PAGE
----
Wednesday, May 22, will go down in South African history as a day signified by the commencement of the activities of a highly spirited sixth Parliament.
Opposition representatives hugged and sang in unison, a far cry from the chaos witnessed in recent years.
This encouraging spirit was blown across the seas to London, UK, which hosted the European launch of the Nelson Mandela rose.
Speaking to City Press on the sidelines of the event hosted by the SA High Commission, chief executive of the Nelson Mandela Foundation Sello Hatang said: “We launch this rose on a significant day because it is on this day that the president elect of the republic commenced with his duties.
“It was also in this month [of May] in 1962 that Mandela officially landed in Nigeria, where he had gone to solicit support for the armed struggle. He then proceeded to this very city [London], where he consulted with Oliver Tambo and sought international solidarity for our struggle.”
The event was graced by representatives from Mozambique, the Democratic Republic of Congo, Lesotho and Malawi on diplomatic missions in the UK.
Beryl Ferguson, chairperson of the SA Biodiversity Institute, reiterated the symbolism of the rose for solidarity.
“This flower makes us proud Africans,” she said.
Ferguson’s team had earlier won its 37th consecutive gold medal at the annual Chelsea Flower Show.
Well-known horticulturist Keith Kirsten continued the important date’s theme by highlighting that the orange-vermilion flower was first launched on February 8 last year in Johannesburg, a day on which former president FW de Klerk had, in 1990, made the announcement about the release of political prisoners and the unbanning of the ANC, the Pan Africanist Congress of Azania and the SA Communist Party.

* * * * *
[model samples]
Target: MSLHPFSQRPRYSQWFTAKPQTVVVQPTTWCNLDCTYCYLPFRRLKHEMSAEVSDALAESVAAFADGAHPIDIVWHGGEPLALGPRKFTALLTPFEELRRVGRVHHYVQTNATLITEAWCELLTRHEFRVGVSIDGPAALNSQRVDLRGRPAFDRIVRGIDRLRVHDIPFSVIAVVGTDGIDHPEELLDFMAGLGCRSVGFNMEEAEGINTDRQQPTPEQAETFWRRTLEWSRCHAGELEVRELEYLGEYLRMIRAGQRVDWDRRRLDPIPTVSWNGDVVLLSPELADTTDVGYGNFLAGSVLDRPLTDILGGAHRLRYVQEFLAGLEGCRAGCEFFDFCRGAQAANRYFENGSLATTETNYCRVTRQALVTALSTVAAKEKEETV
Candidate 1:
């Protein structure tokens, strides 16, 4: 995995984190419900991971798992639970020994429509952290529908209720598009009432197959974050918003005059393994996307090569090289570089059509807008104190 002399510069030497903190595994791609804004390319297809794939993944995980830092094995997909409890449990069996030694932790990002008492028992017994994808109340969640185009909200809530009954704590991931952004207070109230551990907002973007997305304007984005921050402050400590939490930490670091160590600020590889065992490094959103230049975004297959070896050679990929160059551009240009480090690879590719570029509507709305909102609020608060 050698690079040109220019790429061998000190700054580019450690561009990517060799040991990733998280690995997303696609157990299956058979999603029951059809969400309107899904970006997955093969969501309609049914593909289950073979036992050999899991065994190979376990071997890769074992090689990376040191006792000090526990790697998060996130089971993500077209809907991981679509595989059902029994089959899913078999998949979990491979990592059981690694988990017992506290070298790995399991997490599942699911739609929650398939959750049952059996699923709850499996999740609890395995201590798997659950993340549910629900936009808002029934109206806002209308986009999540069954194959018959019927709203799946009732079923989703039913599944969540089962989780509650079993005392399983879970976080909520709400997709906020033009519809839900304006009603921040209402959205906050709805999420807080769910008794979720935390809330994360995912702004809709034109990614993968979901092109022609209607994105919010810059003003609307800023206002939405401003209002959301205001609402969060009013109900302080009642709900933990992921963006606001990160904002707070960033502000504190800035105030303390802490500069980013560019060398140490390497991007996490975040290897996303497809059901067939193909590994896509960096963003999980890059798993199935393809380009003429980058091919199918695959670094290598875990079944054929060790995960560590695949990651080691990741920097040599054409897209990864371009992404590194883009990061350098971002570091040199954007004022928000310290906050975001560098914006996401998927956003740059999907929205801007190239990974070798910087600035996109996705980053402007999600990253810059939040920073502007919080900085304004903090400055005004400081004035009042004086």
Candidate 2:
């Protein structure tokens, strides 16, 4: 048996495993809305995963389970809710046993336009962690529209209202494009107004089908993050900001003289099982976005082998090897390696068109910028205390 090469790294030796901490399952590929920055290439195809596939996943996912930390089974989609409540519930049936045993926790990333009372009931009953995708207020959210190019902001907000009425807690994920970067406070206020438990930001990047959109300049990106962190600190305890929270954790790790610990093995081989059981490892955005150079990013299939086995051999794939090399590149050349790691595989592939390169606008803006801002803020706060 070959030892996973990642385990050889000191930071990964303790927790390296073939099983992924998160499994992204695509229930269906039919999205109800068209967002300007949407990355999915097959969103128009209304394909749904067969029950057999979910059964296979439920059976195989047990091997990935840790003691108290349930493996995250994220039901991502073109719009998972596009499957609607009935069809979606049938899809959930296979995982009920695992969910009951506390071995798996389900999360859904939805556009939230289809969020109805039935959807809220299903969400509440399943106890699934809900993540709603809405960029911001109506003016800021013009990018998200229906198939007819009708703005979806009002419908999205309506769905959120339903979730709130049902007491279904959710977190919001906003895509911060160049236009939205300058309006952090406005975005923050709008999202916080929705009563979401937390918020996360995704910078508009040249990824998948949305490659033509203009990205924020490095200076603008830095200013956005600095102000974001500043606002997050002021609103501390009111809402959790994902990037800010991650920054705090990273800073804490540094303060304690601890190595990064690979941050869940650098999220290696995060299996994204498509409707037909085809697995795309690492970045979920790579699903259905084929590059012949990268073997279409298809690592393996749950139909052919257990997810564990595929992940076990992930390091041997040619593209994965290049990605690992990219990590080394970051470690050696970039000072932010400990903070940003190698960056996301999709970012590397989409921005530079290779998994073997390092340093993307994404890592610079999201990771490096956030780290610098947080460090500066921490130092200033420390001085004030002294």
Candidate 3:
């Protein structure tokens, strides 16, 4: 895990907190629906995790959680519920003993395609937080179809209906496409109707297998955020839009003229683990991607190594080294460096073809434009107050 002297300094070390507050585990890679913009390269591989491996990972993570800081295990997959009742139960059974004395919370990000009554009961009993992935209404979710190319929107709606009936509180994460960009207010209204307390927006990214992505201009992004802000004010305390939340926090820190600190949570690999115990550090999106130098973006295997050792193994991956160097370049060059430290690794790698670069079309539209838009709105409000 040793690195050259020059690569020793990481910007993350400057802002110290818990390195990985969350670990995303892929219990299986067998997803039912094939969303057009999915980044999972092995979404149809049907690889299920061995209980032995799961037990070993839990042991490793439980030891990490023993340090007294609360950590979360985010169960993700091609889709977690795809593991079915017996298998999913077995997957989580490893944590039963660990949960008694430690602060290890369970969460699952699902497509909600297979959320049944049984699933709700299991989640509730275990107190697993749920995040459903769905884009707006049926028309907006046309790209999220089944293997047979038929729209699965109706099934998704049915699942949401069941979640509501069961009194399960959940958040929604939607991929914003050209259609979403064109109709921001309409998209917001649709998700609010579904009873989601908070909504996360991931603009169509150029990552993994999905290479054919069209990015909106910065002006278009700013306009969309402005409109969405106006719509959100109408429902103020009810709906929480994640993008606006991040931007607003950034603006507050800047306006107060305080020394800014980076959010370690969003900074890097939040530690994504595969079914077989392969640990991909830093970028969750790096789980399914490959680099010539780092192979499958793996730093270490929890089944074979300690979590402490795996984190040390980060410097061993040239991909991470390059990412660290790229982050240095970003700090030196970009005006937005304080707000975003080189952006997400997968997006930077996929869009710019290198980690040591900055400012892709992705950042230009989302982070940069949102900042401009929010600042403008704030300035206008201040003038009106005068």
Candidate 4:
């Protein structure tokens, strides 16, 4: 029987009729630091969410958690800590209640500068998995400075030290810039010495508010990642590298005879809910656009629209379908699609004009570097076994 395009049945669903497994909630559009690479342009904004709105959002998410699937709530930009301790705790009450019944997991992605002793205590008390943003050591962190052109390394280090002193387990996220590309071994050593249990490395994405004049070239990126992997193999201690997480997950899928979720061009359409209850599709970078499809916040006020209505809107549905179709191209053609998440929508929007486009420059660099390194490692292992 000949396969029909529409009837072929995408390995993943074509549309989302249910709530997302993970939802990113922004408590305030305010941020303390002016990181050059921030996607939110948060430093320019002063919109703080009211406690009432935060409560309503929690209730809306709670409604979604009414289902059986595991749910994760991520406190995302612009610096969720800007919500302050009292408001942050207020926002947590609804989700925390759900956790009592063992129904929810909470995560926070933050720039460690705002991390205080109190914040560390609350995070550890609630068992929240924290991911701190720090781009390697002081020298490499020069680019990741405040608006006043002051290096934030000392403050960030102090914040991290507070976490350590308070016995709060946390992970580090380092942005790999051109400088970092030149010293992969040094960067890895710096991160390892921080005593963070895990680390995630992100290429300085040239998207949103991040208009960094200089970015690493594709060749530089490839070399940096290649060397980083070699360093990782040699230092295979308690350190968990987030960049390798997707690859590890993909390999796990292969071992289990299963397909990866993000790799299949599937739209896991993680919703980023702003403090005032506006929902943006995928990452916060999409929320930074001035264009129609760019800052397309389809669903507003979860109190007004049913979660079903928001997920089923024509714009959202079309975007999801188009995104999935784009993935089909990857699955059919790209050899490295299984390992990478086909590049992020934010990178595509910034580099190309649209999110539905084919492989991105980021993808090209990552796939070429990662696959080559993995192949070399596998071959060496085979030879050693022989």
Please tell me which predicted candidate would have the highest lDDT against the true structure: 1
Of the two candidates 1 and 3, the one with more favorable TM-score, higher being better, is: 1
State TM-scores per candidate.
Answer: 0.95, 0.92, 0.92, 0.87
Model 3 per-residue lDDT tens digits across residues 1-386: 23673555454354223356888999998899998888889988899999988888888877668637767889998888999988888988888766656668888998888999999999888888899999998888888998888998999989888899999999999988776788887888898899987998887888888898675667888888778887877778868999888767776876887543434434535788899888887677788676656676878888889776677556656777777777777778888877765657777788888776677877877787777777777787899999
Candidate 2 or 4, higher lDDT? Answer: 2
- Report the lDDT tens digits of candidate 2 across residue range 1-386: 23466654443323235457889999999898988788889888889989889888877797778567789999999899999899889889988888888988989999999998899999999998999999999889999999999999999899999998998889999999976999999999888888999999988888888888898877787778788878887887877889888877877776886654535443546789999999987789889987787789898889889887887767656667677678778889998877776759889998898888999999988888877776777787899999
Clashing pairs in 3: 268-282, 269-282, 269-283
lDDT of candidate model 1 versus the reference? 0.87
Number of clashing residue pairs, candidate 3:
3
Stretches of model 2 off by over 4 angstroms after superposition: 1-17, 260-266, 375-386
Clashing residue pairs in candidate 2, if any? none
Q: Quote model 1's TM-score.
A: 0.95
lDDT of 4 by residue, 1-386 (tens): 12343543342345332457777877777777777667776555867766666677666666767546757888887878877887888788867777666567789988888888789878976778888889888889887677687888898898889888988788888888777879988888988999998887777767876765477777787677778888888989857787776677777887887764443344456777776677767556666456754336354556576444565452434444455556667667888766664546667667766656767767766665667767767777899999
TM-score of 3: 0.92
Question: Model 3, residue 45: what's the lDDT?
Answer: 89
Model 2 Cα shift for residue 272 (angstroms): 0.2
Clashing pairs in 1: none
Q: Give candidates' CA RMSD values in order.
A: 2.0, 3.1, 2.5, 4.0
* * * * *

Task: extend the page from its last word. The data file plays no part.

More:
Kirsten, who built and later sold the famous Keith Kirsten chain of garden centres and nurseries, said the concept of a rose dedication to the celebrated regent of the Madiba clan was suggested by the foundation’s former head, Achmat Danghor.
After launching it in South Africa last year, the landscaping expert says it is time for the vibrant rose to go global.
“Madiba is a global icon, so it is imperative that we go international.”
The rose was bred by a London-based horticulturist and was selected from a few others by Mandela’s widow Graça Machel, his former private secretary Zelda La Grange, the foundation’s manager of intellectual property and governance Heather Henriques, and Rose Ncube, a young and highly rated horticulturist in Kirsten’s Waterfall Estate office in Midrand.
Proceeds from local and international sales of the flower will go into the various projects that are funded by the foundation.